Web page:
Aaron Rodgers has been unbeatable on a seven-game run that carried Green Bay to the divisional round.
So was Dallas rookie Dak Prescott for 11 straight in the regular season, a surge that ultimately benched 10-year starter Tony Romo and led to the No. 1 seed in the NFC for the quarterback’s playoff debut Sunday against the Packers (11-6).
Rodgers plays at the home of the Cowboys (13-3) for the first time since winning his only Super Bowl following the 2010 season. And perhaps he’ll flash back to his first playoff game a year before that while watching his counterpart try to lead Dallas to its first NFC Championship Game in more than 20 years.
“There’s a lot of nerves in your first playoff game, you know there was for me,” Rodgers said of a 51-45 wild-card loss to Arizona seven years ago. “I think I threw a pick on my first play. So yeah, you’ve got to find a way to settle in.”
The two-time MVP has a good memory. He was right about that shootout loss, when he settled in and threw four touchdown passes after his only interception.
And Prescott, who had the lowest interception rate for a rookie in NFL history in the regular season, knows it’s about having a short memory now.
“We’re not putting too much pressure on ourselves, on this team or this situation,” Prescott said. “We’re continuing to be the same guys we’ve been all year. When it’s time to lock in, trust me we’ll be ready.”
Prescott and NFL rushing champion Ezekiel Elliott will try to become the first rookie QB-RB tandem to win a playoff game in the Super Bowl era.
Two had a chance after the 2012 season — Andrew Luck and Vick Ballard with Indianapolis and Robert Griffin III and current Dallas running back Alfred Morris with Washington.
“I don’t view these guys as rookies,” said 14th-year tight end Jason Witten, set for his sixth trip to the postseason.
“They’ve had a lot of at-bats at the plate. They’ve shown it over the course of 16 games who they are and how they play. I think they understand they just have to be themselves.”
Here are some things to consider in the eighth postseason meeting between these storied franchises, two years after Green Bay’s 26-21 divisional victory made famous by Dallas receiver Dez Bryant‘s catch that wasn’t:
REMATCH: Prescott led a 97-yard scoring drive in just 33 seconds at the end of the first half at Lambeau Field in Dallas’ 30-16 victory in Week 6. Rodgers threw an interception and the Packers lost three fumbles. Elliott was the first 100-yard rusher of the season against the Packers. “That was really early in the season, so yeah they’re going to be a better team as we are,” Elliott said.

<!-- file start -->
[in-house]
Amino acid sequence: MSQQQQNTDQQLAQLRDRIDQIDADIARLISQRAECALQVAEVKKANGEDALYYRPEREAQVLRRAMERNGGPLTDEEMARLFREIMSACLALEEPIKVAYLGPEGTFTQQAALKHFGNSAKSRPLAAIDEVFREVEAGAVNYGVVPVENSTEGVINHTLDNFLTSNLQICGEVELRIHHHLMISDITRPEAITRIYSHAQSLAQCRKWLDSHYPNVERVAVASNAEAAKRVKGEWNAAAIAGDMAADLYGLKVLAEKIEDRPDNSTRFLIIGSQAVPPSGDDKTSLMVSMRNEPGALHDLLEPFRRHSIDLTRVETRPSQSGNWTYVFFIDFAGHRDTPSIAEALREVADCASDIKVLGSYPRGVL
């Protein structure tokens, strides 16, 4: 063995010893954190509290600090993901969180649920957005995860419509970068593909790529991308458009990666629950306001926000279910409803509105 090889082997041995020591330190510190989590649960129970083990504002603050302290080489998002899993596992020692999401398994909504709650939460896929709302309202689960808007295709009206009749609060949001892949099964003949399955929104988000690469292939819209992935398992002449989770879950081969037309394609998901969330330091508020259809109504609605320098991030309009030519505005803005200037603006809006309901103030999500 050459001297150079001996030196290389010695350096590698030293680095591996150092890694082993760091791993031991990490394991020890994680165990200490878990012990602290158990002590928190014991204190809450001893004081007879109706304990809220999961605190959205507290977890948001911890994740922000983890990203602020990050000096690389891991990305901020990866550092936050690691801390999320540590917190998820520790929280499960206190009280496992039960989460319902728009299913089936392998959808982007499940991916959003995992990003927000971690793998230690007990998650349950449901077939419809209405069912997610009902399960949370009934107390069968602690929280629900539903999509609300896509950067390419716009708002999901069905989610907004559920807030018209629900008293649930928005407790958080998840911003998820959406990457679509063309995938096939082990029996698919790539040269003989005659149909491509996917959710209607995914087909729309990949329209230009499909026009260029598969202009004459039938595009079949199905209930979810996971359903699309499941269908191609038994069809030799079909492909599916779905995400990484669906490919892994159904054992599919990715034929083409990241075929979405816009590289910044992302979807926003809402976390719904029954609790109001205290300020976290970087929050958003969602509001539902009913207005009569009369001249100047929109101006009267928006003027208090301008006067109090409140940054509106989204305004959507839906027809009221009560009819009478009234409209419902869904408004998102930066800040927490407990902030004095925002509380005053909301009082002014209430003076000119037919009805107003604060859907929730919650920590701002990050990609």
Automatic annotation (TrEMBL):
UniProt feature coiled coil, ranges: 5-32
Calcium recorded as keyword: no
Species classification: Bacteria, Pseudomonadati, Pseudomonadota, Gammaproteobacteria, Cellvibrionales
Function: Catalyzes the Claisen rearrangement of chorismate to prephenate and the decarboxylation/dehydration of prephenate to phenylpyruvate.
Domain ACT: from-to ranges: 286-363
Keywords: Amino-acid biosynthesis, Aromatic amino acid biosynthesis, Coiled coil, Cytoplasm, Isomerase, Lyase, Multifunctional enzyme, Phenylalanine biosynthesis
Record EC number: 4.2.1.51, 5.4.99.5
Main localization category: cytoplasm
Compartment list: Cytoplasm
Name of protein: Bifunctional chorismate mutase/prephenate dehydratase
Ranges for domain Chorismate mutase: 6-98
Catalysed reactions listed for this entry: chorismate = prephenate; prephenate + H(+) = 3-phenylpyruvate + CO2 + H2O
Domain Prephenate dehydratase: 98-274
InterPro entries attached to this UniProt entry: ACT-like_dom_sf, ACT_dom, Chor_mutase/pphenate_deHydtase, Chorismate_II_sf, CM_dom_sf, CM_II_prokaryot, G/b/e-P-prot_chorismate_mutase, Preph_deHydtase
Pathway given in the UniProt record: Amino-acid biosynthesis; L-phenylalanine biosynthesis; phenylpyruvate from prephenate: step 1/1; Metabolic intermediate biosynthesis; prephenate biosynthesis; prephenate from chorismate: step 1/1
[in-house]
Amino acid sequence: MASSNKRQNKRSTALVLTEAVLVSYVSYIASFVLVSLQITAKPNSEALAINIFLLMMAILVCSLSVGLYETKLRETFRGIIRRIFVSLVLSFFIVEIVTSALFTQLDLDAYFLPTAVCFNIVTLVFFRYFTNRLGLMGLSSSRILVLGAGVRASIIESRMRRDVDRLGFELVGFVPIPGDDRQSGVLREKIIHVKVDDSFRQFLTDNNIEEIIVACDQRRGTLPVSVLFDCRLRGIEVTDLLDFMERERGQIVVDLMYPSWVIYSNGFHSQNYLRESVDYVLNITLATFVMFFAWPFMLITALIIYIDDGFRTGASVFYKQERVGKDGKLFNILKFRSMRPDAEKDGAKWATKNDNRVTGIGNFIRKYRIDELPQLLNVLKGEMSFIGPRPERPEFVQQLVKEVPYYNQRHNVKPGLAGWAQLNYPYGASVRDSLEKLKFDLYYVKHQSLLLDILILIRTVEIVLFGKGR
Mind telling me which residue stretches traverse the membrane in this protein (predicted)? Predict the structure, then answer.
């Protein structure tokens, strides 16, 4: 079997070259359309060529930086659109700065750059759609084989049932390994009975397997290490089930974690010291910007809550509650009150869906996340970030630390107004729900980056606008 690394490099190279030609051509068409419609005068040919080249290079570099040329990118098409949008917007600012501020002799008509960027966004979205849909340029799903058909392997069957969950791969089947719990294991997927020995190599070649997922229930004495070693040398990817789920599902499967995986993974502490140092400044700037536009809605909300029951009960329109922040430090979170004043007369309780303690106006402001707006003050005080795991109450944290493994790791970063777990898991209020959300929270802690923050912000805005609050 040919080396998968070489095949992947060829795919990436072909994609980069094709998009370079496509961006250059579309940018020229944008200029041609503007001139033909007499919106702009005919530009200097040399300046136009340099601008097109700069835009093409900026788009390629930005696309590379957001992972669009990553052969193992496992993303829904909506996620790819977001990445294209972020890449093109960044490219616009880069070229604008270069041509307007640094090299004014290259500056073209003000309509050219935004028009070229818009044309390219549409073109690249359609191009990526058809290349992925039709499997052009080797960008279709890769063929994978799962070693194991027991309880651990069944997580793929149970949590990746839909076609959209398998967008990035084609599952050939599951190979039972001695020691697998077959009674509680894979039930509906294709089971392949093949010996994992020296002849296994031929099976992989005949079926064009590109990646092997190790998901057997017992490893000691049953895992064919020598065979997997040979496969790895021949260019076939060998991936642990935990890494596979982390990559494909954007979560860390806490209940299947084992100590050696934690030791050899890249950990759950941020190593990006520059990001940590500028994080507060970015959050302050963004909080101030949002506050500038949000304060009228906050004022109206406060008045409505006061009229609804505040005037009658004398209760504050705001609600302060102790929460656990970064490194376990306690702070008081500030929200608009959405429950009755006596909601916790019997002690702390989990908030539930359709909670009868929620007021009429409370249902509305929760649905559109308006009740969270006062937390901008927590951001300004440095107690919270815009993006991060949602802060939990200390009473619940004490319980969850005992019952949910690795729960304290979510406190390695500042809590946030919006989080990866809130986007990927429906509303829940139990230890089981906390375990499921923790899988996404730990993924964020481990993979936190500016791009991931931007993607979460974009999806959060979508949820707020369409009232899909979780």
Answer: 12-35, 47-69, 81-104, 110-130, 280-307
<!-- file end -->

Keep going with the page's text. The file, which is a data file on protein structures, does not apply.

NO NELSON: The Packers might be in better shape this season without receiver Jordy Nelson, out because of a rib injury sustained in the 38-13 wild-card win over the New York Giants. Randall Cobb and Davante Adams combined for 241 yards receiving and four touchdowns against the Giants, and there are other proven options. “It hasn’t been just one guy all season, even with Jordy out there,” Rodgers said.
REINFORCEMENTS: The Cowboys will have four defensive linemen who missed the regular-season finale at Philadelphia mostly as a precaution: ends DeMarcus Lawrence and Tyrone Crawford and tackles Terrell McClain and Cedric Thornton. It’s the healthiest the Dallas defense has been all season. Cornerback Morris Claiborne, who missed the last nine games of the regular season with a groin injury, is expected to play.
TWILIGHT TIME: Pass-rushing Green Bay linebacker Julius Peppers has spent 15 years in the NFL without winning a Super Bowl. Peppers, who turns 37 on Wednesday, had limited snaps in the regular season to keep him fresh. He lost to New England with Carolina in the Super Bowl after the 2003 season. “Regardless of what stage he’s on, what team he’s playing for, he always seems to show up,” Cowboys coach Jason Garrett said.
NOTHING NEW: Rodgers’ run of three straight games with four touchdown passes — and 19 without an interception during the winning streak — prompted plenty of questions of how the Cowboys would deal with it, and what might be different in how they approach defending him. Not much, Garrett seemed to suggest. “He’s been hot for about nine years,” the Dallas coach said.
Republished with permission from The Associated Press.